Being that it was the very beginning of Spring, there wasn’t much in the way of wildlife, although I did see two coyotes (and heard a whole pack somewhere in the distance)

Coyote on a frozen pond
Coyote on a frozen pond

and I saw two snowshoe hares (a new mammal species for me!).

A happy pair of snowshoe hares
A happy pair of snowshoe hares
Snowshoe hare
Snowshoe hare

I also got to see a Bald Eagle but didn’t get a great picture of it, because by the time I realized what I was looking at and took the time to stop the car and grab the camera, he had already soared to distant skies. I was on a mission to see a Snowy Owl while I was in Alberta, but that didn’t happen, although I did see a very interesting nest that I was hoping someone would be able to help me identify!

Mystery Nest - Check out how it is built AROUND the branch, so it's more like a wreath....?
Mystery Nest – Check out how it is built AROUND the branch, so it’s more like a wreath….?

I also SWORE I saw a wolf out in a field hunting mice in the snow. My heart started pounding and I did a quick U-turn and grabbed my camera. Turns out it was wearing a collar. And was a German Shepherd. But I was right about the whole hunting mice in the snow thing, so that’s worth something, right? And hey, it was snowing pretty hard too.

The "wolf" I saw
The “wolf” I saw

Also the whole area was covered up in horses. And I’m talking huge draft horses everywhere. I got to see some great ones, of all different breeds:

Clydesdales
Curious Clydesdales
Gypsy Vanner
Handsome Gypsy Vanner
Beautiful Percheron
Beautiful Percheron

But the best one was the very first one I saw. He was a monster. He was a beauty.

I think his name should be Sampson.
I think his name should be Sampson.

I’m positive, just by looking at his huge chest, that he’s regularly used to pull sleds in the winter. He was probably the biggest horse I have ever seen. And I was in love. I wanted to take him home and cuddle him. I wanted to jump the fence and go riding. He was spectacular.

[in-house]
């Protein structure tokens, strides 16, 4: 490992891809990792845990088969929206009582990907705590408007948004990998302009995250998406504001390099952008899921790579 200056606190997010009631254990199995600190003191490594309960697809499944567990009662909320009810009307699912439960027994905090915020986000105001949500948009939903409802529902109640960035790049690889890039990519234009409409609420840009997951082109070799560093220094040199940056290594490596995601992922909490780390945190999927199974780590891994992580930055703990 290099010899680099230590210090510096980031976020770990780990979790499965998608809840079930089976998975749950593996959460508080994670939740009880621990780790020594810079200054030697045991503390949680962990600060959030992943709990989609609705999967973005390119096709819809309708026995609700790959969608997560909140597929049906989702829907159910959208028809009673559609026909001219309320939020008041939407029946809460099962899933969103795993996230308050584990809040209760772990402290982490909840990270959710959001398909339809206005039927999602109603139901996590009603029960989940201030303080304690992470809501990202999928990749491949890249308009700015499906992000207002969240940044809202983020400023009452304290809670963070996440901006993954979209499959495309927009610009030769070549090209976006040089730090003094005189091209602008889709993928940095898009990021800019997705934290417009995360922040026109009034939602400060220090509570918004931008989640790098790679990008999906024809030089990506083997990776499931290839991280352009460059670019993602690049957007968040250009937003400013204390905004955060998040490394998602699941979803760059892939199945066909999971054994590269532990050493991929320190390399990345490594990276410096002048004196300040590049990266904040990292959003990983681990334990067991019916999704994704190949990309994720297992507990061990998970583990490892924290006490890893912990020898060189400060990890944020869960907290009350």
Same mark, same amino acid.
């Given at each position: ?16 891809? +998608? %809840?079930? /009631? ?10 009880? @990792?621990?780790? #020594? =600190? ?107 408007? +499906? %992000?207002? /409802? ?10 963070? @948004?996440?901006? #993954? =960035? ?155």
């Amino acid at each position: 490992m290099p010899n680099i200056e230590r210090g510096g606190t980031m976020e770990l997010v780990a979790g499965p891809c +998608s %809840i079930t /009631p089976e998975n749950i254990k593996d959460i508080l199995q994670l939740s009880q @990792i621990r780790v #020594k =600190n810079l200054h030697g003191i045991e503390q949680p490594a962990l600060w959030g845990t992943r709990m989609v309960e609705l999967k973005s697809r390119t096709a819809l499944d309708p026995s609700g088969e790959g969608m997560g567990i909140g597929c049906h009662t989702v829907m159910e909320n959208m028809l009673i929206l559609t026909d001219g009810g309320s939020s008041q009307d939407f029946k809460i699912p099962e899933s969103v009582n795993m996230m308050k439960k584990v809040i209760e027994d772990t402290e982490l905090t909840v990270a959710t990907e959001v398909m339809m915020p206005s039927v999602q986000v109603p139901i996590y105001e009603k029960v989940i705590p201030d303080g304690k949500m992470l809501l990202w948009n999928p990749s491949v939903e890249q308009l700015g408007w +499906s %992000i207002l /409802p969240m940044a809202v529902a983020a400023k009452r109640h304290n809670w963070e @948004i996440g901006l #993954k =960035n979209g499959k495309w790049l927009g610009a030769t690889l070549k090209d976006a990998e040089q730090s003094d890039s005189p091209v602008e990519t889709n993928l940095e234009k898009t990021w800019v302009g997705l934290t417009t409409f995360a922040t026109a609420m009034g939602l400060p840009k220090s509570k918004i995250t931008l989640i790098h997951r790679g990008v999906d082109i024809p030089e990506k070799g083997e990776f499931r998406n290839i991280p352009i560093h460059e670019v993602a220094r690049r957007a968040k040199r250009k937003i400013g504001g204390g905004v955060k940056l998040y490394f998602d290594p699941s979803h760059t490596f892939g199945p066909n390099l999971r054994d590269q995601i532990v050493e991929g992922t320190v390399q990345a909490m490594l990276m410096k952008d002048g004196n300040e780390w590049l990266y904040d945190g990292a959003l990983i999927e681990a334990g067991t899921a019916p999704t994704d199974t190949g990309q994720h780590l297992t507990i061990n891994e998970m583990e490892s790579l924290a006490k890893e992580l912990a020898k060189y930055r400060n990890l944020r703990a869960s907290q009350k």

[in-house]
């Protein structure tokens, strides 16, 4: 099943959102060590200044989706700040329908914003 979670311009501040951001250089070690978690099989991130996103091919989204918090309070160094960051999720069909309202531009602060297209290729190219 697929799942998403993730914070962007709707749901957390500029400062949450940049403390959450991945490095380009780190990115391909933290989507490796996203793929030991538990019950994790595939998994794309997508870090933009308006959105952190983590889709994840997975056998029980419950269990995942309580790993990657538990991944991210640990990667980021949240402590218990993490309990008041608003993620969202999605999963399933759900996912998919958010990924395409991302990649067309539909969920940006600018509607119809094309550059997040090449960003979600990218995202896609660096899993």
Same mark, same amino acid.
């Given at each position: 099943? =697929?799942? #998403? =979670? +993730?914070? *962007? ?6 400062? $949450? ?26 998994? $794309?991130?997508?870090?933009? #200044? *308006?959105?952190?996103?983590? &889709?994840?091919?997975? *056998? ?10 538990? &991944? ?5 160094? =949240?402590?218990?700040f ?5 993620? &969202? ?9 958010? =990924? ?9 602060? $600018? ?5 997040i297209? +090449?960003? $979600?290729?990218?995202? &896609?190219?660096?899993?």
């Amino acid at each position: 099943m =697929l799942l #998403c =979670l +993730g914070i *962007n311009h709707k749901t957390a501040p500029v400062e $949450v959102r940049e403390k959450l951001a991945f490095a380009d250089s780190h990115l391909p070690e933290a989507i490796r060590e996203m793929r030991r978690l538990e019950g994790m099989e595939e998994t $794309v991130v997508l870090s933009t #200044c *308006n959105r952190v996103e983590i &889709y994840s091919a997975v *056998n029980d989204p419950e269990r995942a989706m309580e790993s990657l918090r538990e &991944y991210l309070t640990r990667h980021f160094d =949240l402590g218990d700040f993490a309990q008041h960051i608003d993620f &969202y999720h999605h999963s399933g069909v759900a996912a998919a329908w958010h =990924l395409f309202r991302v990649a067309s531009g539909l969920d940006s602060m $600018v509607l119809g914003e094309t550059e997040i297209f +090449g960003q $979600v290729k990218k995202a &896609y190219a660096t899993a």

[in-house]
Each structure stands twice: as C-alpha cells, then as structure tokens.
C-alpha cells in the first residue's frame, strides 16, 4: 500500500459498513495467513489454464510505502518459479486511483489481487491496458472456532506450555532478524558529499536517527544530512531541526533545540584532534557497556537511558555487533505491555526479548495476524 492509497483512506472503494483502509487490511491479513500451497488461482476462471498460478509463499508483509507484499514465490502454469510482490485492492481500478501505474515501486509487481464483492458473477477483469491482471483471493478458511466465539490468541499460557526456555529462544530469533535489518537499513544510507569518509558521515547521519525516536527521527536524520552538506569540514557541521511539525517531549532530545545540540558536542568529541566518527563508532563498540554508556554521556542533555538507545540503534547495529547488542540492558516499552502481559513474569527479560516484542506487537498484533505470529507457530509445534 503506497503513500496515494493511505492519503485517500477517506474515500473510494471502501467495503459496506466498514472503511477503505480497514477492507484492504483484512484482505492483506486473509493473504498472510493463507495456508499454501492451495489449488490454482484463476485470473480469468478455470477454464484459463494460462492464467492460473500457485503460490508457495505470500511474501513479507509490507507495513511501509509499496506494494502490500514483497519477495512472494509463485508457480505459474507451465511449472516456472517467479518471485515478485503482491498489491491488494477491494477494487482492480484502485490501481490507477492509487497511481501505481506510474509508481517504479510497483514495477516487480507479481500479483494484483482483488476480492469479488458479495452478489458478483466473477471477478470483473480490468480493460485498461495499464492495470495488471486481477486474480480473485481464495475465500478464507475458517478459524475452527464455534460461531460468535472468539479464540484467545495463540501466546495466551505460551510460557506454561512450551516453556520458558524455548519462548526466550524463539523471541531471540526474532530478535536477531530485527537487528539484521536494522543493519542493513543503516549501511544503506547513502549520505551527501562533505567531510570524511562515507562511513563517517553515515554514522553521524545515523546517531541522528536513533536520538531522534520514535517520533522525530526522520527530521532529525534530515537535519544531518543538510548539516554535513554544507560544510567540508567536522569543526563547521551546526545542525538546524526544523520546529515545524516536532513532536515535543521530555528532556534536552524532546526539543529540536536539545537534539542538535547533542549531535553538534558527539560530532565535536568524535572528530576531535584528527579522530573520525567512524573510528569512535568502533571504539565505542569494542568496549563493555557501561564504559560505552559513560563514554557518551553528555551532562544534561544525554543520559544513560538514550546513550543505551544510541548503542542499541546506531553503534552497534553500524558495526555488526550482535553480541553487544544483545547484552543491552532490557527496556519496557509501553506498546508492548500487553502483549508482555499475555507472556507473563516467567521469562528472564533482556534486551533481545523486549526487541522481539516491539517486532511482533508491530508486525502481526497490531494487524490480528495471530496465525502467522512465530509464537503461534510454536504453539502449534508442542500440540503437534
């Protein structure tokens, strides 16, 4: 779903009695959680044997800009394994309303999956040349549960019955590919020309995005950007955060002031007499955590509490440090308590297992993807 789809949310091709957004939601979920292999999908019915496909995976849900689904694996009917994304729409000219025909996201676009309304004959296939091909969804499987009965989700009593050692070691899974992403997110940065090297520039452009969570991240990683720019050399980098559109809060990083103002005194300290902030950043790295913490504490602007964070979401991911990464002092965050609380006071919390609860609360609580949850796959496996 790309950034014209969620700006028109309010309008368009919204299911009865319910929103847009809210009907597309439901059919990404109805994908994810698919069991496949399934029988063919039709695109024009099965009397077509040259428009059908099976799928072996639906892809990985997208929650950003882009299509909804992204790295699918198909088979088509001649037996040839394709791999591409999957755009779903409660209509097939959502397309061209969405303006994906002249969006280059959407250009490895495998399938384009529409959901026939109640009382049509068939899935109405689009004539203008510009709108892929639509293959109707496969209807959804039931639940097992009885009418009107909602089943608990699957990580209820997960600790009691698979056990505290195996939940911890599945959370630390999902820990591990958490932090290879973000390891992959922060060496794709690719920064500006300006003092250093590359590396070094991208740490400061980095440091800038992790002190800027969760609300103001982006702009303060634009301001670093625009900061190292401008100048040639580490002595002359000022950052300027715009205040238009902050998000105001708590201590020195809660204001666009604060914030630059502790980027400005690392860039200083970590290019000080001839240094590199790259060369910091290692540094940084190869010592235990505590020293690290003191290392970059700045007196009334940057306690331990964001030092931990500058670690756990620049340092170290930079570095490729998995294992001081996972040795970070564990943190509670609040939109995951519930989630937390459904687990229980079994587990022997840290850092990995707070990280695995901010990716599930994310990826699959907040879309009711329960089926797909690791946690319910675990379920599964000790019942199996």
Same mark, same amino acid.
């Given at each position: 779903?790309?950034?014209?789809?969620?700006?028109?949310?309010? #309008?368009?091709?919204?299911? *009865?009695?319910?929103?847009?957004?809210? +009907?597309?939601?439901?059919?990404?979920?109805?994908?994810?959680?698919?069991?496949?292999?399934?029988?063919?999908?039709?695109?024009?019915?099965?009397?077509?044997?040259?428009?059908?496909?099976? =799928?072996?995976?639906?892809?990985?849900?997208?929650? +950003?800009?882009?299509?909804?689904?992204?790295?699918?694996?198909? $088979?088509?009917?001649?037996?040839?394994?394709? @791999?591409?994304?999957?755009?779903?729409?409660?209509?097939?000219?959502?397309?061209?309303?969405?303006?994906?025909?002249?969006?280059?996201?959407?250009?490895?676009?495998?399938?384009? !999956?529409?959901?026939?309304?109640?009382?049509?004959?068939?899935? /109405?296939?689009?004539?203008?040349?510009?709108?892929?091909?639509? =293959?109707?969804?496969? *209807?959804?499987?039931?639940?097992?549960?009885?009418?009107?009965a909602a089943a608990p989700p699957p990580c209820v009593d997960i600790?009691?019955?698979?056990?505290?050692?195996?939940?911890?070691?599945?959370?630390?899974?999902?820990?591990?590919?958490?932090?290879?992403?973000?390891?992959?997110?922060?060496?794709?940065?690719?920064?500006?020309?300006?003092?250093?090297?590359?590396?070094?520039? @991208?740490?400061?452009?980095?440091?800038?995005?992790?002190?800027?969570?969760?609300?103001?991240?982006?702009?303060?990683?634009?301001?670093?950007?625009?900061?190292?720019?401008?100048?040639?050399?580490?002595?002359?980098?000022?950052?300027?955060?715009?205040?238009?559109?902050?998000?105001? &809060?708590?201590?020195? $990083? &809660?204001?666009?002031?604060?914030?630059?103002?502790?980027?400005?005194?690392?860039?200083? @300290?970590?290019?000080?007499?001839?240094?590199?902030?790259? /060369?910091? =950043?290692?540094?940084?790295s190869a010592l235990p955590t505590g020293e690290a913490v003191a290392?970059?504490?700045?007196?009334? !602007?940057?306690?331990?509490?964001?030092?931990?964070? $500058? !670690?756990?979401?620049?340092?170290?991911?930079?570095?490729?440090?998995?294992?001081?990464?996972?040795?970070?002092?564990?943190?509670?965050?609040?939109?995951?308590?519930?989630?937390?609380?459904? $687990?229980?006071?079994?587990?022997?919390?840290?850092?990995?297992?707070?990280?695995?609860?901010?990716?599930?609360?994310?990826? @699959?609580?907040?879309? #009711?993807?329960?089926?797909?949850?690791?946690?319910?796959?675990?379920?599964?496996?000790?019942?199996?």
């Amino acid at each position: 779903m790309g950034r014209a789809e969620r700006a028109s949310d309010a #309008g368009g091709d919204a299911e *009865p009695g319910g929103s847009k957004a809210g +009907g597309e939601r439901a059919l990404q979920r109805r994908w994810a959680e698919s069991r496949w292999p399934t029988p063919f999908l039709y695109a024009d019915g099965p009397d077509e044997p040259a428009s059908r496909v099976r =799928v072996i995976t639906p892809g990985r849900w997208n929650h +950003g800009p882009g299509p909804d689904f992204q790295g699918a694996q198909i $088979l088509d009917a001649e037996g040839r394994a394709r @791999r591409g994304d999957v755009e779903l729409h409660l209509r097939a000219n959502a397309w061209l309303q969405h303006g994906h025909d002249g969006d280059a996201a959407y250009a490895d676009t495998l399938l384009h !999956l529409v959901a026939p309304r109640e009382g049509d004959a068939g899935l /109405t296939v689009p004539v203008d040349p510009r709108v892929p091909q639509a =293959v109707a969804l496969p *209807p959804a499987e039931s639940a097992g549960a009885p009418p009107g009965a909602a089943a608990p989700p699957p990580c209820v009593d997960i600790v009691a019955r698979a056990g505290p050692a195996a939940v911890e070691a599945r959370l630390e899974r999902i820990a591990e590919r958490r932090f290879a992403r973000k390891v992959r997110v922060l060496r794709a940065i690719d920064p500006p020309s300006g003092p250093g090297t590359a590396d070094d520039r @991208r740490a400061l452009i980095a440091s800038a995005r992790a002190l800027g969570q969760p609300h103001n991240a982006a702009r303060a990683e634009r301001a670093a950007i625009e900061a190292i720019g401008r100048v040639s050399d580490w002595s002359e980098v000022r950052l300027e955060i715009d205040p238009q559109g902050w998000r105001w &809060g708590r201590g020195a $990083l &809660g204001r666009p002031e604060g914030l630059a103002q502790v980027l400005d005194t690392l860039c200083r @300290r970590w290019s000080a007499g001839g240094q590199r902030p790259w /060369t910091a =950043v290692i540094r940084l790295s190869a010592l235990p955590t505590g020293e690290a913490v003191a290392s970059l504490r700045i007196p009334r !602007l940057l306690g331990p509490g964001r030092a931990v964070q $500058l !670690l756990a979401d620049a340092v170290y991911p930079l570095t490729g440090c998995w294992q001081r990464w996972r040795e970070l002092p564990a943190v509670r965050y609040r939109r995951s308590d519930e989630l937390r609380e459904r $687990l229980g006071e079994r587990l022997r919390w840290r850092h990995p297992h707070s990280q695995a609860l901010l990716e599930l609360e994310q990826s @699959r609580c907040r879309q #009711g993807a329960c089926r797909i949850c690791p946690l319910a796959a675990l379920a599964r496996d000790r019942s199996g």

Handsome Sampson
Handsome Sampson
Sampson and Delilah
Sampson and Delilah

There is also a very common barn style that is beautiful but doesn’t seem to last (or all the barns were super old), because they all seemed to be falling apart.

Beautiful Old Barn
Beautiful Old Barn
Falling down barn
Falling down barn

 

Falling down barn
Falling down barn
Barn and horses
Barn and horses
Falling Apart Red Barn
Falling Apart Red Barn

And on my last full day I was blessed with a gorgeous sunrise through the fog. I even had time to pull over onto a side road and get some good photos of the sunrise over a farm.

Pink Farmhouse Sunrise
Pink Farmhouse Sunrise
Pink Foggy Sunrise
Pink Foggy Sunrise
Foggy Sunrise
Foggy Sunrise

And finally I found an old truck graveyard that was really neat to see!

Coca Cola Truck
Coca Cola Truck
Sun Reflecting off of the windshield
Sun Reflecting off of the windshield
Cool Old Trucks in the Snow
Cool Old Trucks in the Snow
Old Coca Cola Truck
Old Coca Cola Truck
Cool Old Trucks
Cool Old Trucks

It was a great trip, and I think I got some great photos. I can’t wait until I get my new computer with Photoshop on it so I can play with the different filters and everything, and make these photos really pop. Some of these pictures were taken in the middle of the day so the sunlight reflecting off of the snow was really too bright for taking photos, but I thought, “hey, how often am I going to be in Alberta? I gotta take these photos while I can!”

I hope you enjoyed my trip as much as I did!

Conquering The Northeast

One of the items on my Bucket List is to visit all 50 states.  I’m so close to finishing this goal (I only have 15 states to go!) and last month I was able to knock three off my list in just a weekend!

I was visiting my good friend, Patella, who lives in New York, but is from Vermont.  Because of frequent flyer miles (thank you Southwest!) I was able to fly up to visit her for a four day weekend for free during the best time of the year – while the fall leaves were changing to their infamous golds, reds, and oranges!

Now, at the moment I am between computers (I have an old laptop from college that is on its last leg and a work computer) so all of my Vermont and New York photos are on my personal laptop. HOWEVER, I thought I was doing good by uploading all of them to Flickr in case my trust computer died suddenly. (I have an intense fear of this happening and I lose all of my photos).

So for your viewing pleasure I have linked to my Vermont and New York set in Flickr (I hope this works!)

http://www.flickr.com/photos/my_wildhood/sets/72157636909579333/

And because I simply CAN’T have a blog post with no photos directly in it, here is a little taste of the trip. Enjoy!

Vermont Dairy Farm
Vermont Dairy Farm